The chip currently is in the animal modeling stage with limited human testing.

Bioresorbable Drug-Eluting Stents

A common way to treat coronary artery disease is to use drug-eluting stents. Coated, standard metal stents do the job, but are not perfect because, while the drug elution lasts three to six months, metal stents remain for life. As many as 3 percent of patients suffer adverse affects because of metal stents each year.

They can’t have normal MRI heart tissue scans and a surgeon must do a special type of invasive discovery if additional artery disease progresses. Now, REVA Medical is changing that with a bioresorbable scaffold (stent), as shown in Figure 4.

 

Figure 4: REVA Medical has developed a bioresorbable scaffold that replaces metal stents in patients suffering from artery disease. (Image Source: REVA Medical)

“The first critical thing in the coronary area is developing the actual bioresorbable material,” according to Reggie Groves, REVA chief executive officer. “Then the stent must be able to be delivered like a normal metal stent. You don’t want to change how any physician puts the stent in.

“You also want the scaffold to be strong through the entire time the patient is healing, and finally, the stent must go away benignly; resorb into the body without any incident. It must be natural and bodily compatible. The average ‘healing’ is four to six months, and what influences how long the stent lasts is how strong and thick you make it. So timing can be controlled by the stent itself.”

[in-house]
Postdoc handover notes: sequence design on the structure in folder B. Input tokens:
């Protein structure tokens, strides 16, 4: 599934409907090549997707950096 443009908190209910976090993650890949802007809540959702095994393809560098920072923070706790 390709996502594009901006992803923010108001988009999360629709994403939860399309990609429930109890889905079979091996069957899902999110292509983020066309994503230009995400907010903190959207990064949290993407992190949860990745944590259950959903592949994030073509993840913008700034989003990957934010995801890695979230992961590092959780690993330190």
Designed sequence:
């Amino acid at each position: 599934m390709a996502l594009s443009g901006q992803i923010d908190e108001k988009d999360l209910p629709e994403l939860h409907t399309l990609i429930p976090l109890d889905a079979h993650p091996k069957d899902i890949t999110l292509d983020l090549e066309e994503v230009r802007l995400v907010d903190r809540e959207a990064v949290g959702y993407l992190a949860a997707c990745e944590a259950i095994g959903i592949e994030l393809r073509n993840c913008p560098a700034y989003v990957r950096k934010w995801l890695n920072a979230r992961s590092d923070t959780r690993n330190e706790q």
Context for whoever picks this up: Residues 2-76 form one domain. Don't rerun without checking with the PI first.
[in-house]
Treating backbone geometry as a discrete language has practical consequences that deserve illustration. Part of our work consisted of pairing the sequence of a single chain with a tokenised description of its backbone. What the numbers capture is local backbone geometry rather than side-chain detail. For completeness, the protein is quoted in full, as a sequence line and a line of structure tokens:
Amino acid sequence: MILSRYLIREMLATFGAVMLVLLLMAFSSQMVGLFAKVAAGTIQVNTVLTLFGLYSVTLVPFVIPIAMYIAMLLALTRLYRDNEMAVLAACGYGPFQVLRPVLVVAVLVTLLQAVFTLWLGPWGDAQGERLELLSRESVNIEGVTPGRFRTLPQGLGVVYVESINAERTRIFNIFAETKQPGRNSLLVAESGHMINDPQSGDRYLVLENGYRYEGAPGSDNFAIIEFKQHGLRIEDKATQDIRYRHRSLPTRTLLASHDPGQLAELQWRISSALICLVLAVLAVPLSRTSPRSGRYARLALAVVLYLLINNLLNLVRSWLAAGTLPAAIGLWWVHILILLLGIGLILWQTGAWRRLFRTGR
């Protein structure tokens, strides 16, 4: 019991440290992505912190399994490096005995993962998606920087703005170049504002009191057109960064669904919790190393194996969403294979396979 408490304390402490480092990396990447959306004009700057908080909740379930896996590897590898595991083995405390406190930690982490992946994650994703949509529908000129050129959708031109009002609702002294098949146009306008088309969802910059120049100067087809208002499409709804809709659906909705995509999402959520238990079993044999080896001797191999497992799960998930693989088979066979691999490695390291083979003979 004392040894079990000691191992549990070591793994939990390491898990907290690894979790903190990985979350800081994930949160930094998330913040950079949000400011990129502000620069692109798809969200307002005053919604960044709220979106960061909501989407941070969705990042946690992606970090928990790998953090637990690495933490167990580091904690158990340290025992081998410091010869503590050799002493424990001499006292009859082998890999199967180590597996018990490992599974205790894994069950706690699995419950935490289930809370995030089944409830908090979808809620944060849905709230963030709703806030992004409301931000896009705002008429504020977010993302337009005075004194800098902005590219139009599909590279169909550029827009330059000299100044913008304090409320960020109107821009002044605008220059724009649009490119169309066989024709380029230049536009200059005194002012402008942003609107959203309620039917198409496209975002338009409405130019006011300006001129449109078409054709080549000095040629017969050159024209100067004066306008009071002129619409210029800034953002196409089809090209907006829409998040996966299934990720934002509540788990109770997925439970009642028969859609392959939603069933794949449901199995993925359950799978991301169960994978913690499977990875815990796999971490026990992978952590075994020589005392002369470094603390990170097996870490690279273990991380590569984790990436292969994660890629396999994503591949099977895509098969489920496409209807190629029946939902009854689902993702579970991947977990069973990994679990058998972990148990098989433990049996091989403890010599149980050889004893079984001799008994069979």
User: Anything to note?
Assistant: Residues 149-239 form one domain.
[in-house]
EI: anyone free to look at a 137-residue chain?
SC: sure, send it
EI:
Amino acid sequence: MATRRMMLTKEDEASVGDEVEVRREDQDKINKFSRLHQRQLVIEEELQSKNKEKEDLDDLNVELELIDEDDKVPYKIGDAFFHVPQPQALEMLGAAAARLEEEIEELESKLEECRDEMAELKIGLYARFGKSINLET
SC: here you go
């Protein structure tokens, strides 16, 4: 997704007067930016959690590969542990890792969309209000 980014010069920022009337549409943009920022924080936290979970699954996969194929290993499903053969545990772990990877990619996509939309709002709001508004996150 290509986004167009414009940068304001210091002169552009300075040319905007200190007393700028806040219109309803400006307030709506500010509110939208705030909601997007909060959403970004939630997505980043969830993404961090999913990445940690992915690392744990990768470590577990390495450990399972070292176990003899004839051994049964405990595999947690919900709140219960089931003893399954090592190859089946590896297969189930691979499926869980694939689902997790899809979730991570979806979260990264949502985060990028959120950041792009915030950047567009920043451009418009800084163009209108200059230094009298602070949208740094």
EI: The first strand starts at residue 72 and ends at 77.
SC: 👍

The first step was to find a polymer that was best for the application. REVA chose to make Tyrocore the material for their sirolimus-eluting bioresorbable scaffolds. Tyrocore is REVA’s proprietary tyrosine-derived polymer designed specifically for vascular scaffold applications.

After restoration of blood flow, bioresorbable scaffolds support the artery through the healing process and then resorb benignly into the body over a period of time. This resorption is intended to allow the return of natural function of the artery and reduce the risk of adverse events associated with permanent metallic drug-eluting stents.

“REVA Fantom and Fantom Encore are the only coronary bioresorbable scaffolds made from Tyrocore and it is inherently radiopaque, making it visible under X-ray fluoroscopy,” Groves said. “The scaffolds are designed with thin strut profiles while maintaining strength and with distinct ease-of-use features, such as X-ray visibility and expansion with one continuous inflation.”

The REVA product is inserted exactly like any metal stent. It is X-ray visible and the thickness of the polymer is in the range of metal, so it is thinner and easier to work with for physicians.

“We have exclusive rights to the material patent and we manufacture it in-house,” Groves added. “We received the CE certification and our stents are now in use in Europe and Turkey.”

Searching Outside the Box

For this new generation of medical technology, looking “outside of the box” is the norm. The companies mentioned above are among those that are advancing implantable medical device innovations.

With today’s medical technology, the number of true innovators in this category will continue to grow in the coming years.

Leave a Comment

Your email address will not be published. Required fields are marked *